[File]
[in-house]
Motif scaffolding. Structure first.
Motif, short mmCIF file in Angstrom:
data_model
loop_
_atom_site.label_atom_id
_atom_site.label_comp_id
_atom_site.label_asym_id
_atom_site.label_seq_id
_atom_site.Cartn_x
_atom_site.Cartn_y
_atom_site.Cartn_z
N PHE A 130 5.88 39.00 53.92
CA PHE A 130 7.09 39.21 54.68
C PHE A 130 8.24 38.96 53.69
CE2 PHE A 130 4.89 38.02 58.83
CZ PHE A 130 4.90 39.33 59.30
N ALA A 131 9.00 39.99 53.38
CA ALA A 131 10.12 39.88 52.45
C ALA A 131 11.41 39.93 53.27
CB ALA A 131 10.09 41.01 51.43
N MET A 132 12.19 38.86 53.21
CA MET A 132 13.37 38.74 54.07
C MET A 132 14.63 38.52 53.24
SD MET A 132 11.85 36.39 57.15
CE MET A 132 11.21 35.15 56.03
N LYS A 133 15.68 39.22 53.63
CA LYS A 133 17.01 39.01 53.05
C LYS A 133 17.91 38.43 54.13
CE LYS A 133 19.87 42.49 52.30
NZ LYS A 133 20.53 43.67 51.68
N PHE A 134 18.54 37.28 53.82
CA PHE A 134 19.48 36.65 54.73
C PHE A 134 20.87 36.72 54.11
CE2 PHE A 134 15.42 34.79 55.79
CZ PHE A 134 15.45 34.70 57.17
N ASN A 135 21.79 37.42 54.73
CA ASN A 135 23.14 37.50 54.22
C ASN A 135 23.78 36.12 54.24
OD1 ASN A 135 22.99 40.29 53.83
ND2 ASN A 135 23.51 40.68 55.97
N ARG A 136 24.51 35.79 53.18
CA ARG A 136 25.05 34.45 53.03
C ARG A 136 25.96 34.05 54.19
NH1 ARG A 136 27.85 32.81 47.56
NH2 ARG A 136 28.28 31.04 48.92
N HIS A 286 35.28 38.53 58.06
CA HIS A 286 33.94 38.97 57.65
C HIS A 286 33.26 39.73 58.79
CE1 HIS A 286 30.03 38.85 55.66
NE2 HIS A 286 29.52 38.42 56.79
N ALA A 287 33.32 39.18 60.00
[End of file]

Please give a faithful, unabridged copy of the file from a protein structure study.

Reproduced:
[in-house]
Motif scaffolding. Structure first.
Motif, short mmCIF file in Angstrom:
data_model
loop_
_atom_site.label_atom_id
_atom_site.label_comp_id
_atom_site.label_asym_id
_atom_site.label_seq_id
_atom_site.Cartn_x
_atom_site.Cartn_y
_atom_site.Cartn_z
N PHE A 130 5.88 39.00 53.92
CA PHE A 130 7.09 39.21 54.68
C PHE A 130 8.24 38.96 53.69
CE2 PHE A 130 4.89 38.02 58.83
CZ PHE A 130 4.90 39.33 59.30
N ALA A 131 9.00 39.99 53.38
CA ALA A 131 10.12 39.88 52.45
C ALA A 131 11.41 39.93 53.27
CB ALA A 131 10.09 41.01 51.43
N MET A 132 12.19 38.86 53.21
CA MET A 132 13.37 38.74 54.07
C MET A 132 14.63 38.52 53.24
SD MET A 132 11.85 36.39 57.15
CE MET A 132 11.21 35.15 56.03
N LYS A 133 15.68 39.22 53.63
CA LYS A 133 17.01 39.01 53.05
C LYS A 133 17.91 38.43 54.13
CE LYS A 133 19.87 42.49 52.30
NZ LYS A 133 20.53 43.67 51.68
N PHE A 134 18.54 37.28 53.82
CA PHE A 134 19.48 36.65 54.73
C PHE A 134 20.87 36.72 54.11
CE2 PHE A 134 15.42 34.79 55.79
CZ PHE A 134 15.45 34.70 57.17
N ASN A 135 21.79 37.42 54.73
CA ASN A 135 23.14 37.50 54.22
C ASN A 135 23.78 36.12 54.24
OD1 ASN A 135 22.99 40.29 53.83
ND2 ASN A 135 23.51 40.68 55.97
N ARG A 136 24.51 35.79 53.18
CA ARG A 136 25.05 34.45 53.03
C ARG A 136 25.96 34.05 54.19
NH1 ARG A 136 27.85 32.81 47.56
NH2 ARG A 136 28.28 31.04 48.92
N HIS A 286 35.28 38.53 58.06
CA HIS A 286 33.94 38.97 57.65
C HIS A 286 33.26 39.73 58.79
CE1 HIS A 286 30.03 38.85 55.66
NE2 HIS A 286 29.52 38.42 56.79
N ALA A 287 33.32 39.18 60.00